Ironically, the streamlined procedures for adopting Technical Manuals directly conflict with Govenror Christie’s Executive Order #2 “common sense” regulatory policies, which seek to increase pre-proposal access,  participation, and content control for the business community over DEP rules.

They also conflict with the Legislature’s various efforts to promote more business control, transparency, “regulatory flexibility”, and an increased role for small business in DEP regulatory policy.

Technical manuals were authorized by the Legislature in 1991, as part of an accountability measure known as “EMAP”. Here is the boilerplate all original DEP Technical Manuals contained:

This manual has been produced by the Department of Environmental Protection (DEP) to make the permit process less complicated and time-consuming for you. This manual is one of a series of technical manuals produced by DEP under the requirements of the Environmental Management Accountability Plan (P. L. 1991, Chapter 422) with the goal of making the permit application process more consistent and predictable. In each technical manual, you will find summaries and explanations of policies that may not be fully described or explained in environmental laws or regulations. In addition, the manuals contain guidance on how the Department defines other standards, such as “state- of-the-art” control technologies or “best management practices.”

Unless otherwise required by federal or state law, the policies and procedures contained in a technical manual on the date an application is filed will be binding on both the DEP and the applicant.

They originated and are used mostly in the air program. The air program TM’s were developed with significant input by industry engineers, particularly during the Whitman Administration’s “DEP re-engineering” initiative  (see this for air program TM’slots of good stuff there: air quality modeling, risk assessment, stack tests, continuous emissions monitoring, odor controls).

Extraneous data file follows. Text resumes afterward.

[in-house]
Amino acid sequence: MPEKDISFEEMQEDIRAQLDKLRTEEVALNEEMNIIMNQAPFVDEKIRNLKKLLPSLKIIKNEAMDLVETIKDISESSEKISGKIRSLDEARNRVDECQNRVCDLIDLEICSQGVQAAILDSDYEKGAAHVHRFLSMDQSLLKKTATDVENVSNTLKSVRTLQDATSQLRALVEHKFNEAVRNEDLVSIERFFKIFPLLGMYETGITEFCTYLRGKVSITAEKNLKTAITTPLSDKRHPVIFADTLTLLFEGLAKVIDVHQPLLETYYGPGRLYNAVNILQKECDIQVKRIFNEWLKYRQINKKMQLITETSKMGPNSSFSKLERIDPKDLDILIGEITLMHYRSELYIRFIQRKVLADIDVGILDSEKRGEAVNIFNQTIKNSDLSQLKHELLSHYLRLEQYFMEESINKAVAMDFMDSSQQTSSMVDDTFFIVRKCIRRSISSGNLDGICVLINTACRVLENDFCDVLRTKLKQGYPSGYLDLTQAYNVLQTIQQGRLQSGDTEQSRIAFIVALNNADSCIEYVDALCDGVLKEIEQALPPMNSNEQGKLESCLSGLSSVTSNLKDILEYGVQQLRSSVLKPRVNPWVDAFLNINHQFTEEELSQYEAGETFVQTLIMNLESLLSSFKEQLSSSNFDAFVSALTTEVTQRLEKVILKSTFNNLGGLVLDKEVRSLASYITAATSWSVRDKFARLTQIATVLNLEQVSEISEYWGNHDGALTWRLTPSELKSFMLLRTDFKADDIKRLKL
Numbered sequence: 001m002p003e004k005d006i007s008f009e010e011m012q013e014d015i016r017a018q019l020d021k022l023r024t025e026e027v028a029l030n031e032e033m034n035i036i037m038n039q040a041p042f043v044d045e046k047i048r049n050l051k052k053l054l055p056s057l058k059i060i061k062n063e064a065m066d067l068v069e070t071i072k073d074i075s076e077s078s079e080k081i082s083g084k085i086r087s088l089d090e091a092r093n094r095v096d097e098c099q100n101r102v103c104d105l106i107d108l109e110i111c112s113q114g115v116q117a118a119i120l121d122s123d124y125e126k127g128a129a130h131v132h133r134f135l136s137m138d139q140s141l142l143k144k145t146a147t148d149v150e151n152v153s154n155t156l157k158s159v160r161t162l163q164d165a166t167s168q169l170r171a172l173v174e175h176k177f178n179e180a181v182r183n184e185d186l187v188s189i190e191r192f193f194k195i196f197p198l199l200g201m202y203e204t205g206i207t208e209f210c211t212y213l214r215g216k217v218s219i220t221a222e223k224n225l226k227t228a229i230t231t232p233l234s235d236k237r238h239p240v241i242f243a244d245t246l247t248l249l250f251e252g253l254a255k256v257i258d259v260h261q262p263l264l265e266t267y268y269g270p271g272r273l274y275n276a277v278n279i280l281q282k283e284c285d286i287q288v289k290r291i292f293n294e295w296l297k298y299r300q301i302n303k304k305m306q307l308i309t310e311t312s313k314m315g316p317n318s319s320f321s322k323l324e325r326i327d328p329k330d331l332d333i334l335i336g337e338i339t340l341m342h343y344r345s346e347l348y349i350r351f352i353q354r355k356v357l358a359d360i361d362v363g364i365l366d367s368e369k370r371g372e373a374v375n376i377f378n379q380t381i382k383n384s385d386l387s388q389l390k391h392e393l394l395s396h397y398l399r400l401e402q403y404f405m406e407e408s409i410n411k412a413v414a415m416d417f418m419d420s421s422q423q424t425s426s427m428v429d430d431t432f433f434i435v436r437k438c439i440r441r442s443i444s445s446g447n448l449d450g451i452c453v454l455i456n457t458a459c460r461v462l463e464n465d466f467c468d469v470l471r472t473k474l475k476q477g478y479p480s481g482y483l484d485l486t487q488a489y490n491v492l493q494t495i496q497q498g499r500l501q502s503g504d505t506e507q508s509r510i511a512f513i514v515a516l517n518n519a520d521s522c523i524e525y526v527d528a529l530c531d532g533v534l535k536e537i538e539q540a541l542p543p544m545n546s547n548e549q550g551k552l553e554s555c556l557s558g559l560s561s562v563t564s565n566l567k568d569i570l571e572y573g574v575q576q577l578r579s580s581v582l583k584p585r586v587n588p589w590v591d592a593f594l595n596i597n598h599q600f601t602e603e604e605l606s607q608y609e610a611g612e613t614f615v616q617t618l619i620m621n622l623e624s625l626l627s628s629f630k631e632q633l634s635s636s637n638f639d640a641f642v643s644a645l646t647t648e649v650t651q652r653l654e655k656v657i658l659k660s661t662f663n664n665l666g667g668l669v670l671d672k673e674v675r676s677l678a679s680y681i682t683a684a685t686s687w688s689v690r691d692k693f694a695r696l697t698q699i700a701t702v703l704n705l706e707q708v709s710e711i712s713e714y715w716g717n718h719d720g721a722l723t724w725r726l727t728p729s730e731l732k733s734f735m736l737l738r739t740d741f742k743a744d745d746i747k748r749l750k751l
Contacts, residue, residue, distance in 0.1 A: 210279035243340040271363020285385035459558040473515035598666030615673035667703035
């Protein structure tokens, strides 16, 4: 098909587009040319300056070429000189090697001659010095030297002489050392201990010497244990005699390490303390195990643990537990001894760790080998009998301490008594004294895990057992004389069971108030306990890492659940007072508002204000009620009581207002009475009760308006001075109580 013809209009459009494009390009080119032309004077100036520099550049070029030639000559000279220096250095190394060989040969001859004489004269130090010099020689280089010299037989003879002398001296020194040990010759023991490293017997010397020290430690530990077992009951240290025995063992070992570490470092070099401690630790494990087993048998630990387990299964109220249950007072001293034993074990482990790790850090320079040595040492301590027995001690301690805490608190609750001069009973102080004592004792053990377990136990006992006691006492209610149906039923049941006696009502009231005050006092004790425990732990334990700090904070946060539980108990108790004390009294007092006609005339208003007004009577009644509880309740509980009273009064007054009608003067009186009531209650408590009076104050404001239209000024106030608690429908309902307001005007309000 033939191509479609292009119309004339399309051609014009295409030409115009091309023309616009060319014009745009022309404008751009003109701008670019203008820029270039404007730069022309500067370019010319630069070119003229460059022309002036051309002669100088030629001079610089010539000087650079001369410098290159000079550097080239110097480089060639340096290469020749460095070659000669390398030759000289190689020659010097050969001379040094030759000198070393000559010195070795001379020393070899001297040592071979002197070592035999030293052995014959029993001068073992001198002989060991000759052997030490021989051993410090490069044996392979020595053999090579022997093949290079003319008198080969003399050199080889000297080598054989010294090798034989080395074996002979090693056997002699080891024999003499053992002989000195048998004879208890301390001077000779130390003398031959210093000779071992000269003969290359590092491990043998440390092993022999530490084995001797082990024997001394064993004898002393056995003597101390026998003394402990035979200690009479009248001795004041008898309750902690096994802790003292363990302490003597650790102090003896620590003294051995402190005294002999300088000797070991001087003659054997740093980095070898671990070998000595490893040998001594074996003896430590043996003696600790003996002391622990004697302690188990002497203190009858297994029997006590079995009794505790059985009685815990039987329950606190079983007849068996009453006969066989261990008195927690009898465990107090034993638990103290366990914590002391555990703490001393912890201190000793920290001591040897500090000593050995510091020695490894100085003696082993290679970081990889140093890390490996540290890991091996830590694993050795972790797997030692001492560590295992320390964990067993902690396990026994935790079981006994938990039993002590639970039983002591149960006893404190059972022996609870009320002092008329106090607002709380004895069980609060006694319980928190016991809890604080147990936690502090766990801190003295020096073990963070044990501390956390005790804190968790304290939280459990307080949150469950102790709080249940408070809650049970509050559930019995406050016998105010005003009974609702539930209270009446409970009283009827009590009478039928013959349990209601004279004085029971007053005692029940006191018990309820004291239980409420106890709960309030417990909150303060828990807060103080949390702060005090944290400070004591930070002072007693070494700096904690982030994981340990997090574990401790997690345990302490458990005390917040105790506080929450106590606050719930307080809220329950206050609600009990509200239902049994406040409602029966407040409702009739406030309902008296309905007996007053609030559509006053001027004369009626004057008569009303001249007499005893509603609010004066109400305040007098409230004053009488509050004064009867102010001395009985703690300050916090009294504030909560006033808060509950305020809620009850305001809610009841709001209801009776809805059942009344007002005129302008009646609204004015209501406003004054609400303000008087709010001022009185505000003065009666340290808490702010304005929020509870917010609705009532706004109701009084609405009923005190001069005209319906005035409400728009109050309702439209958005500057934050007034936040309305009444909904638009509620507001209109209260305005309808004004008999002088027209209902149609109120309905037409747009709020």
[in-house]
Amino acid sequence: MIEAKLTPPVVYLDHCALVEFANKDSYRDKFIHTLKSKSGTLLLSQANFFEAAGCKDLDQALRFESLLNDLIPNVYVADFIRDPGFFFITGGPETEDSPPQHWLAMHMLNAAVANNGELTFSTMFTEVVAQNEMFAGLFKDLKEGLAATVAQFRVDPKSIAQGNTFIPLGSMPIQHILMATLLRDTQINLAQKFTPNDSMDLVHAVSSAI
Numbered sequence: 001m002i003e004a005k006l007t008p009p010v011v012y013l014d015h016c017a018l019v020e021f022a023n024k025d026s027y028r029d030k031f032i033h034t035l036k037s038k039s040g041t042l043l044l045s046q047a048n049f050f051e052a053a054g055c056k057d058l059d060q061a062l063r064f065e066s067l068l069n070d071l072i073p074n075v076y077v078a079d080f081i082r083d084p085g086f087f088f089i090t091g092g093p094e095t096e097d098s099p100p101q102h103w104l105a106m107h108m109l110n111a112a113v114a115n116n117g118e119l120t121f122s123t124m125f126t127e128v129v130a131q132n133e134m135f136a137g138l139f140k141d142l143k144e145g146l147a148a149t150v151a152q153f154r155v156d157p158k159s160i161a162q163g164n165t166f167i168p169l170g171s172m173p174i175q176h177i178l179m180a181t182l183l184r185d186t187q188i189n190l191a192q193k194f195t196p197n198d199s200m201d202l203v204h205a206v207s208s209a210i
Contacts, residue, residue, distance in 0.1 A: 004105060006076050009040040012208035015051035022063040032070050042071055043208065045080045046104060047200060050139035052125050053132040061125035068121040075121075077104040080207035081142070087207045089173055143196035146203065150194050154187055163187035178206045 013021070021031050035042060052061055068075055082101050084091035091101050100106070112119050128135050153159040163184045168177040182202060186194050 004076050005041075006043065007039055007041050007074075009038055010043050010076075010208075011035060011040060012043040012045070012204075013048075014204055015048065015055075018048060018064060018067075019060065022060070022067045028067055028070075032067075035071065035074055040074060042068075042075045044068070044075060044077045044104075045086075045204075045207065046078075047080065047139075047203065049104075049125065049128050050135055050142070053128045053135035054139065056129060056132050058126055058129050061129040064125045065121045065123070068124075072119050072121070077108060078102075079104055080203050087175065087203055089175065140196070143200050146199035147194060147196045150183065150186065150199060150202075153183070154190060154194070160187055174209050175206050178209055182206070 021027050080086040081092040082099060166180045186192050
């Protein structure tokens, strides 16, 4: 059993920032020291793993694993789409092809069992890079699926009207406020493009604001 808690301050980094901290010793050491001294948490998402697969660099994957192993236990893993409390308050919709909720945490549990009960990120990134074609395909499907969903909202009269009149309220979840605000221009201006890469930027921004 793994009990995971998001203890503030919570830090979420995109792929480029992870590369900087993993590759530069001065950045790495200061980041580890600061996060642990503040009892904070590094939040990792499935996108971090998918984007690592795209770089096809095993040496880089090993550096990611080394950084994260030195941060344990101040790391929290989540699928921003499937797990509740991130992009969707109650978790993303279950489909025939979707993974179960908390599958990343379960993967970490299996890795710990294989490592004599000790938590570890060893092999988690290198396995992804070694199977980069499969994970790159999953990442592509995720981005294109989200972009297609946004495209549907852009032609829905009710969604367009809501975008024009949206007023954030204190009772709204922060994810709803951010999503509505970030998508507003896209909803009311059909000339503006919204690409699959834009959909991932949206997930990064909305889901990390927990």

And here are Division of Water Quality Technical Manuals.

(Note: all of them now look like they have been scrubbed of the above boilerplate discussion of the statutory basis and intent and binding nature and enforceability . This is unfortunate, as it muddies the waters regarding enforcement of the contents of a Technical Manual).

I attempted to educate Chairman Burzichelli and clarify the status of Technical Manuals during , my March 4, 2010 testimony. From response questions, it was clear that neither Burzichelli nor OLS knew of or considered Technical Manuals in drafting the bill.

So, if the Governor signs the bill, it is likely to create pressures for DEP to promulgate detailed, prescriptive, and enforceable Technical Manuals.

So, a note to the polluters and developers: be careful what you ask for!

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Bill Banning Enforcement of Guidance Moves to Governor Christie’s Desk

December 19th, 2011 No comments

Bill Would Hamper Compliance and Enforcement of Environmental Laws

Lt. Gov, Guadagno - Christie's "Red Tape Czar"

Lt. Gov, Guadagno – Christie’s “Red Tape Czar”

Last week, legislation that was originally intended to outright ban the use of Guidance documents by State Agencies passed both houses, and is now on Governor Christie’s desk.

Guidance documents generally interpret regulations and provide detailed directions on how to comply.